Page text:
Following an investigative report from the DGCCRF, the Autorité de la concurrence fines Stihl for prohibiting, between 2006 and 2017, the sale of certain products such as chainsaws, brushcutters, pole-saws or electric pruners on its distributors’ websites. However, the Autorité approved the principle of using selective distribution for this type of product, along with an interdiction against selling them on third party platforms.
With this decision, the Autorité issues for the first time a decision on the selective distribution possibilities and the possibilities of restrictions on online sale since the judgment of the CJEU in the Coty case of 6 December 20171, which clarified the common framework applied to selective distribution on the Internet. This decision aims to specify the applicable framework in France for the different sectors and products, beyond the outdoor power equipment sector.
In view of the nature of the products sold by Stihl, the implementation of a network of authorised distributors is legitimate
It is possible for a manufacturer to restrict the sale of its products to a network of specialized dealers for legitimate requirements such as the sale of high-quality or high-technology products.
In this case, the Autorité does not call into question the use of selective distribution for products, which, like the ones sold by Stihl (chainsaws, brushcutters, pole-saws, electric pruners), justifiy the setting up of assistance and consultancy services in order to preserve their quality and ensure their proper use.
The necessity to verify compliance with these obligations and to preserve its brand image also justifies the ban on online retailing of the products in question on third-party platforms.
But the terms of online sales established by Stihl disproportionally limit competition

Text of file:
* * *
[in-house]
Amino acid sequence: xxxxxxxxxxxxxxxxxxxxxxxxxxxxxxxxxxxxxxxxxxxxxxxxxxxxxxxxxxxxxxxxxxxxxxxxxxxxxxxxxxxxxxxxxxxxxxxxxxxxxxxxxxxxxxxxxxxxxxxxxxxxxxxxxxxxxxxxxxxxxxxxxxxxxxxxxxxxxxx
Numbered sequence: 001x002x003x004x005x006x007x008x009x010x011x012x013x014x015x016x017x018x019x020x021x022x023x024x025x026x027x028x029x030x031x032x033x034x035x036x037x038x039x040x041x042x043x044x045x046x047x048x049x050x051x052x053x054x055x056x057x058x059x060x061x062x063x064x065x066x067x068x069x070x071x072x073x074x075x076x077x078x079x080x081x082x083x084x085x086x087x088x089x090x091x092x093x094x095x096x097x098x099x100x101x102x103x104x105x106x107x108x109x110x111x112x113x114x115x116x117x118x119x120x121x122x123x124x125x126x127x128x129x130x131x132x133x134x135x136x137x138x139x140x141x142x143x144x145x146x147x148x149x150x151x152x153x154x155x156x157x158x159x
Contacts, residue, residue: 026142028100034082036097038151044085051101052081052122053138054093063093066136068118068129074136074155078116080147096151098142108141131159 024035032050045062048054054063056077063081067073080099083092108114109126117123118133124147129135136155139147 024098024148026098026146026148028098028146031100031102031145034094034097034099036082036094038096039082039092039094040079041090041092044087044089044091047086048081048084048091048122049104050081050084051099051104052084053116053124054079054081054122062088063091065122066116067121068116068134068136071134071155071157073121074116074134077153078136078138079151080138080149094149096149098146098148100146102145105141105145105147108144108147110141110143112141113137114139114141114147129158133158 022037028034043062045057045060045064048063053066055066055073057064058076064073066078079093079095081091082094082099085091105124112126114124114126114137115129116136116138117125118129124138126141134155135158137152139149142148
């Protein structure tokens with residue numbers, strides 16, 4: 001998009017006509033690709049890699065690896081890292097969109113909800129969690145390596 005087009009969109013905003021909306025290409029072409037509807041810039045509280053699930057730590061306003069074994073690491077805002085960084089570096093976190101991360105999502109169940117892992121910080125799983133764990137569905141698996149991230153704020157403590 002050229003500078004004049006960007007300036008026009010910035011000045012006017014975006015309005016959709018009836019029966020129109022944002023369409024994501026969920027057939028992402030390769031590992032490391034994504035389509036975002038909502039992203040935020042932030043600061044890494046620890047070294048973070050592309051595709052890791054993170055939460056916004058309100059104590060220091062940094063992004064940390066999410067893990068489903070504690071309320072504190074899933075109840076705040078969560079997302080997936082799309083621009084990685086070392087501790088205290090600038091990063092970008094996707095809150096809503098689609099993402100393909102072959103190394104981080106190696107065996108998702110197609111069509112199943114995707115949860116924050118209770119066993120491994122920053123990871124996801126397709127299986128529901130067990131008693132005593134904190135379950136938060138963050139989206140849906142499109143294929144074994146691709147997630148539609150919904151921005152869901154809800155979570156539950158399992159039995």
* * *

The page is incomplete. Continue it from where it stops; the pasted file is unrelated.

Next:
By demanding a hand-delivery of this type of product by the distributor to the buyer and therefore imposing a collection from the dealer, or a delivery to the home of the buyer, Stihl de facto forbade the sales of its products on its distributors’ websites.
However, this hand-delivery is not required by any national or European regulation concerning the marketing of the products in question. Neither direct contact between the distributor and the buyer nor a demonstration of use are required.
Only the handover of a user manual in the buyer’s language with a mention of certain specific information concerning hazardous products is mandatory.
Diminished competition to the detriment of consumers
By imposing this hand-delivery, Stihl removed any interest in online retail for distributors and consumers, who could not benefit from competition between distributors and benefit from more attractive prices (up to 10% cheaper).
In view of these elements, the Autorité de la concurrence fined Stihl 7 million euros. It also required the company to alter its selective distribution contracts in order to stipulate, in straightforward terms, that authorized distributors are permitted to sell Stihl and Viking products.
1 See the judgment of the 6 December and the press release
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